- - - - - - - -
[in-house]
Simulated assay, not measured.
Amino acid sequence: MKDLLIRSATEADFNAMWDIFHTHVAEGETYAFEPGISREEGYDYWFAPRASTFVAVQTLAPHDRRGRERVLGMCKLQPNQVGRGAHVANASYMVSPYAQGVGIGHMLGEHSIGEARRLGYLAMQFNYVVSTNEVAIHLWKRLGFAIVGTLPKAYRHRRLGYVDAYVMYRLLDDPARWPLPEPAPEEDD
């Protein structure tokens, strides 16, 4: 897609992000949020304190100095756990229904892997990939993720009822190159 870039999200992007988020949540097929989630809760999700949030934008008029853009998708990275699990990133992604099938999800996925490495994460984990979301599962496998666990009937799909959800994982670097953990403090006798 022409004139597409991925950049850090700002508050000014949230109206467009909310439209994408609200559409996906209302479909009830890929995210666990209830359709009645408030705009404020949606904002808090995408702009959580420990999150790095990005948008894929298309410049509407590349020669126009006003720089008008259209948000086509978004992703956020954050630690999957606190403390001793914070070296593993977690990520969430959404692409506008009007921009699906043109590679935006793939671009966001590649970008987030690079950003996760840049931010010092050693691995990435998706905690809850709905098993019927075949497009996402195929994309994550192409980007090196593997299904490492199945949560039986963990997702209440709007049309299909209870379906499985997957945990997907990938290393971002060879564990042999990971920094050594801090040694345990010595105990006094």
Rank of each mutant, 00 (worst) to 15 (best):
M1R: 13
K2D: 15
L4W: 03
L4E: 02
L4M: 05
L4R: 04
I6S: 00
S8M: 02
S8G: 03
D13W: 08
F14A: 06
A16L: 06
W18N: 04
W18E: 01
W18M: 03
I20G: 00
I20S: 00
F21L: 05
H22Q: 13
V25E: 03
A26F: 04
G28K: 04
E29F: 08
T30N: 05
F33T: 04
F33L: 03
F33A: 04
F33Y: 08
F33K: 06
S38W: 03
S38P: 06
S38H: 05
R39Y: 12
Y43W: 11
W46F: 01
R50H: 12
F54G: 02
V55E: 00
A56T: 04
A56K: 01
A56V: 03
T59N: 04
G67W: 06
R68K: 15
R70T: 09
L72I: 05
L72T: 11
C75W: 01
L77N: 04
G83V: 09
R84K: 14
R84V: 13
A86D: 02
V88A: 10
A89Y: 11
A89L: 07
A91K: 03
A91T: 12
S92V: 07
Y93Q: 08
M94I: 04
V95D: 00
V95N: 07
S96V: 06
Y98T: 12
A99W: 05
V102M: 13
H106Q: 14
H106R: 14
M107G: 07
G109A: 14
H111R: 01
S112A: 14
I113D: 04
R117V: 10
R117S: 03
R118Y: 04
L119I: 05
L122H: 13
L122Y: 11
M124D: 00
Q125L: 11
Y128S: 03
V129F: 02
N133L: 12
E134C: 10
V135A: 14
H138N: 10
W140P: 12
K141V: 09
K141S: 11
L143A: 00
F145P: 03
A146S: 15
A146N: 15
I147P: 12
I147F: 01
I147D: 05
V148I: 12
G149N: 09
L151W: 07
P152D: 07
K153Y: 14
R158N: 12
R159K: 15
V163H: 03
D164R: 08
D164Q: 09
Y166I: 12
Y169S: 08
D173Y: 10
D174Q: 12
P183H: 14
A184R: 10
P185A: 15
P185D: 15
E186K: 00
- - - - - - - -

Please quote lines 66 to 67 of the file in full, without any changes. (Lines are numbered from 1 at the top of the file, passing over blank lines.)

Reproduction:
M94I: 04
V95D: 00